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The Physical Effects of Divorce on Men

We are all keenly aware of the emotional effects that separation and divorce can have on our families and ourselves. People at the beginning of a separation or divorce often overlook the physical effects of this process. While the issues listed in this article mostly mirror the issues experienced by women, the focus of this article will be on men.

Most of us know of a recently separated party that suddenly loses 10, 20, or more pounds very rapidly. This weight loss can result from loss of appetite, depression, substance abuse, and potentially loss of sufficient income to maintain a normal diet.

Other examples of physical issues that men experience during this process include cardiovascular disease, hypertension, stroke, and weakened immune systems. The increase in chronic stress of the divorce process can cause men with pre-existing heart conditions to suffer increased arrhythmias, heart attacks, or even sudden death. Triggers of this chronic stress can result from recently discovered affairs, losing time or access to children, division of assets, or just losing the marriage itself. Added stressors of settlement negotiations, ongoing issues with child custody, or upcoming court appearances can exacerbate underlying medical conditions. The Journal of Men’s Health published a study where researchers found the mortality rate for divorced men is almost 250 percent greater than in married men. The same study noted that divorced men suffer higher incidences of cancer.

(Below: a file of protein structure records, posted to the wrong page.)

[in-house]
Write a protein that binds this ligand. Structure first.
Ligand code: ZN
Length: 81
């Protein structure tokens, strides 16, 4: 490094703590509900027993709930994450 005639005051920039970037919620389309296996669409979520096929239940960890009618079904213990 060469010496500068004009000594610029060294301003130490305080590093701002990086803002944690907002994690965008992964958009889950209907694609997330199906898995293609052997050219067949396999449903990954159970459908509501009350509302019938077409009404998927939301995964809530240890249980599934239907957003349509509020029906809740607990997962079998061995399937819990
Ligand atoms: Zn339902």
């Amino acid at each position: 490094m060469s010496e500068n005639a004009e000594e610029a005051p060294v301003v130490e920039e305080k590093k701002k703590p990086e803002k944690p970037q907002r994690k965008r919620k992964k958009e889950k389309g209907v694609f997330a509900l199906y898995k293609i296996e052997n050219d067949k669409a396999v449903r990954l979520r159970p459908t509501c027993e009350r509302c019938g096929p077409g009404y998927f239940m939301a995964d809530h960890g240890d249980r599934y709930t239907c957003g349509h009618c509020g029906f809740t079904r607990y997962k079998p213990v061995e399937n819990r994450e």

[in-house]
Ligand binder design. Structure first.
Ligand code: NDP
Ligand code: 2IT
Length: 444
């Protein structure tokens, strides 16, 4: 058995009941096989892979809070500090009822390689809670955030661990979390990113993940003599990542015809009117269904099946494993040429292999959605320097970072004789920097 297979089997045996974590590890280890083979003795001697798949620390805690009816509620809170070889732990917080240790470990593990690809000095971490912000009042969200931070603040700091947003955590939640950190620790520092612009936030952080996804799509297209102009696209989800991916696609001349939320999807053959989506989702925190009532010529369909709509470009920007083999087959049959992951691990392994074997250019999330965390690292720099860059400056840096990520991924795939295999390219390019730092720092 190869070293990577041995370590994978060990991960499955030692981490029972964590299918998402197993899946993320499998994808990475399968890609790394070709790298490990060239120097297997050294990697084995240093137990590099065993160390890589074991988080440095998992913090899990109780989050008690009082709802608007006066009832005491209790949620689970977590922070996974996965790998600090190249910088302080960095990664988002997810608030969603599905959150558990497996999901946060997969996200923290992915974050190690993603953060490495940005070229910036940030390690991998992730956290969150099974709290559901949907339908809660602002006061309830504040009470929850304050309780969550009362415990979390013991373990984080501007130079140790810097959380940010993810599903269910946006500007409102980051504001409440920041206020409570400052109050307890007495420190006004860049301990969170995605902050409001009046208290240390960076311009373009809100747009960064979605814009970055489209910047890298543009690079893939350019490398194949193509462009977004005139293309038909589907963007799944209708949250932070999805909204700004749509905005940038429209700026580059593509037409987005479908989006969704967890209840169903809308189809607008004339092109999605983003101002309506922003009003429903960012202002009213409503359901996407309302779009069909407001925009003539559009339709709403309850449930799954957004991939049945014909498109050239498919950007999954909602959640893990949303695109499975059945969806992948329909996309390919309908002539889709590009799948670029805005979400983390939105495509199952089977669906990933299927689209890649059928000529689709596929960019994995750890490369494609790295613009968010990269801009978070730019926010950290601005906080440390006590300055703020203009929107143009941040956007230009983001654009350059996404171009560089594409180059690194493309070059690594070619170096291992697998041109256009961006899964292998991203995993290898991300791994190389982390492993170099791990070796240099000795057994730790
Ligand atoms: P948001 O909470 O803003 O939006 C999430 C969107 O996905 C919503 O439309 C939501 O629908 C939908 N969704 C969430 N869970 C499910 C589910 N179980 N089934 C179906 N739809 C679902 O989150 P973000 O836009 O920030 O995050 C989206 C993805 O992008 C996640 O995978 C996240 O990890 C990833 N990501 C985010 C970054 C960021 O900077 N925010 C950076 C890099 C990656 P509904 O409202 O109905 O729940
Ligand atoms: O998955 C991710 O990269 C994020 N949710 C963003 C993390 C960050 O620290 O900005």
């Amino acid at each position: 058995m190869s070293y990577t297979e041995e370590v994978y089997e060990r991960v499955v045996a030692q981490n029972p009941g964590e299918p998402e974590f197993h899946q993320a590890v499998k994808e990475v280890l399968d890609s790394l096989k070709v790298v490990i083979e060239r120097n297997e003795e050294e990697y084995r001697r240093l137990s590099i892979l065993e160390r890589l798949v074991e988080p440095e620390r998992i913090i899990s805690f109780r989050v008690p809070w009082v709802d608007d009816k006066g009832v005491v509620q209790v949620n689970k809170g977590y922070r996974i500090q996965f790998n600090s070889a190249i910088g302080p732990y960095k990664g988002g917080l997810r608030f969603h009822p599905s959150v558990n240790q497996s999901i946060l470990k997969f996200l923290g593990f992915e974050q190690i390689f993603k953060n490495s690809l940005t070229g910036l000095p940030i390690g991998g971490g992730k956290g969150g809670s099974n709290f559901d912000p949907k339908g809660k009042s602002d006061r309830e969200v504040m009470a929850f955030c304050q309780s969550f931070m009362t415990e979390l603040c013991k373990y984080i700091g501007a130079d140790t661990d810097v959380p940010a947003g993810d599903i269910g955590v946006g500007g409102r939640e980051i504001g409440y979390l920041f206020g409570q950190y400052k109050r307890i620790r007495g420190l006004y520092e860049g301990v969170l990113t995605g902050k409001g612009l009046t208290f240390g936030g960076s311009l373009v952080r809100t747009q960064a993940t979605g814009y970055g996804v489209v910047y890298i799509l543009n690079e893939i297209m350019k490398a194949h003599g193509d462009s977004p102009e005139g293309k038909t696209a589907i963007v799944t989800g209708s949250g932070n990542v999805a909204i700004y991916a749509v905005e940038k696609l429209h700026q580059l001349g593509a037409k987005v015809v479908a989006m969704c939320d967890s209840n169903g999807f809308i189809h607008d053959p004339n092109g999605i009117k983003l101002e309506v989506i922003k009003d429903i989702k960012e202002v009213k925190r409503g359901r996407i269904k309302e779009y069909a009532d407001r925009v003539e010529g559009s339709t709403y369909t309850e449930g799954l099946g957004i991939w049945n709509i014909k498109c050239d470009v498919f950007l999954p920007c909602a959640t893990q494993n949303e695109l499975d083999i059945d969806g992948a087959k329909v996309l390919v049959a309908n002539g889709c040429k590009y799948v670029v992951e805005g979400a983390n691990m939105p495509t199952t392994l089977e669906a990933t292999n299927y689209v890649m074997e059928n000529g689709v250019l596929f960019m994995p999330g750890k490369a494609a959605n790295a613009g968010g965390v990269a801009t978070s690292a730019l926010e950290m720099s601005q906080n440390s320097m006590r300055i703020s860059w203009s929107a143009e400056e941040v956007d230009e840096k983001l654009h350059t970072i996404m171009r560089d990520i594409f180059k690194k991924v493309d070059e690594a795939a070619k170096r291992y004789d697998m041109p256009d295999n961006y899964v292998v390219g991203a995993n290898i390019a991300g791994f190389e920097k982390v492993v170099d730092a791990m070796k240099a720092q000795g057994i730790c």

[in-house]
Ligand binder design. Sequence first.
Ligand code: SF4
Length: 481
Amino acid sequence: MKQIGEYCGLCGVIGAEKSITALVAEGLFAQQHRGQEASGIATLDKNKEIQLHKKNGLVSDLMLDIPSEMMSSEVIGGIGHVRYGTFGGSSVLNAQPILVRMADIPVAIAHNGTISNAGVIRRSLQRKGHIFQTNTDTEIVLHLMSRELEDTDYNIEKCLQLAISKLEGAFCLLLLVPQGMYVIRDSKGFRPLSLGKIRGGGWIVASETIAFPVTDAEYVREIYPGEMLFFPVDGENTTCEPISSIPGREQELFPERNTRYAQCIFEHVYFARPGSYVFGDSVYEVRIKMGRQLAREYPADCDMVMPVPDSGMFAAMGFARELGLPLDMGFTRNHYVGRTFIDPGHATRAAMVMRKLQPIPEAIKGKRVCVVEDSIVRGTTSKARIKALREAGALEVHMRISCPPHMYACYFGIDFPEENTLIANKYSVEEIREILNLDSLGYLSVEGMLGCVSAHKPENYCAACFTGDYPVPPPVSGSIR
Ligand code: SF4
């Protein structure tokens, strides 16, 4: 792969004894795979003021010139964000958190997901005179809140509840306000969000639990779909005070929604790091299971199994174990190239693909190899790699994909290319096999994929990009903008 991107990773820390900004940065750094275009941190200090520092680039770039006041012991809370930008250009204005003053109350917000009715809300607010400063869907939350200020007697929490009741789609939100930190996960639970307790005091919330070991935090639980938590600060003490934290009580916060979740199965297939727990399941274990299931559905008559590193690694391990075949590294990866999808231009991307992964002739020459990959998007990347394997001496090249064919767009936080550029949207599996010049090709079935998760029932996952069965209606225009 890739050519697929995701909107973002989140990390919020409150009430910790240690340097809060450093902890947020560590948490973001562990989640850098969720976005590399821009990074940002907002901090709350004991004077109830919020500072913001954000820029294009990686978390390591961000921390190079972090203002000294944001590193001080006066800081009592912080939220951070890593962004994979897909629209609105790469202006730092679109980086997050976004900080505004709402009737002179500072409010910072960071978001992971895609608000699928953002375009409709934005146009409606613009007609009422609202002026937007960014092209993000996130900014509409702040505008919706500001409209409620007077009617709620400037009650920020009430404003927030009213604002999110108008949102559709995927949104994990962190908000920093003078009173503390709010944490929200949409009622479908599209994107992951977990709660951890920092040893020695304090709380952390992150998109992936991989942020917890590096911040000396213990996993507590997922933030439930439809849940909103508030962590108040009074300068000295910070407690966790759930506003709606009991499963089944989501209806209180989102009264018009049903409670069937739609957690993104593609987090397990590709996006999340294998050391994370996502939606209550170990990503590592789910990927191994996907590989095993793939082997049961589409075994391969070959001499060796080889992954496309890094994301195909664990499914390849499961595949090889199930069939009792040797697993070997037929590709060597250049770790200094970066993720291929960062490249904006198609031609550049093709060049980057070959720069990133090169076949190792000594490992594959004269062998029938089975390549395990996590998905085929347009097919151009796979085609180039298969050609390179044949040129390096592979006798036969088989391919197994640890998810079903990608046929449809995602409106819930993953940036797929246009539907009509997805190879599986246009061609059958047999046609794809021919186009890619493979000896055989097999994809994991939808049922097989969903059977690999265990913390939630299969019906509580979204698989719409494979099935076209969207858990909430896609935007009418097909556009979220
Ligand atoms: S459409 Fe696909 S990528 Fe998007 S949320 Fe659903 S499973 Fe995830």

Many men who suffer from depression and anxiety resulting from the recent loss of their relationship look to alcohol and drugs as a way to cope. Divorced men have a suicide rate that is about 40% higher than married men. Increased depression and anxiety can often be tied to losing custody of the children or the increased stress about finances due to child support or alimony payments. Many men often refuse to seek any mental health help, especially early in the process of a divorce. With men trying to maintain the appearance that they are tougher than women, less emotional, or less vulnerable, warning signs of real danger can be missed.

Divorce can be a nasty road to travel on your own. Men need to remember that they have to care for themselves and at the same time realize that there may be others relying on their support. Seeking help for your physical and mental health is important during this process. Make conscious decisions to eat right, exercise (after talking to your physician), and avoid alcohol, tobacco, and drugs. While it is important to have an experienced family law attorney, coming out on the other side healthy – both physically and mentally – is important also. It not only matters to your long-term health but to your children and family.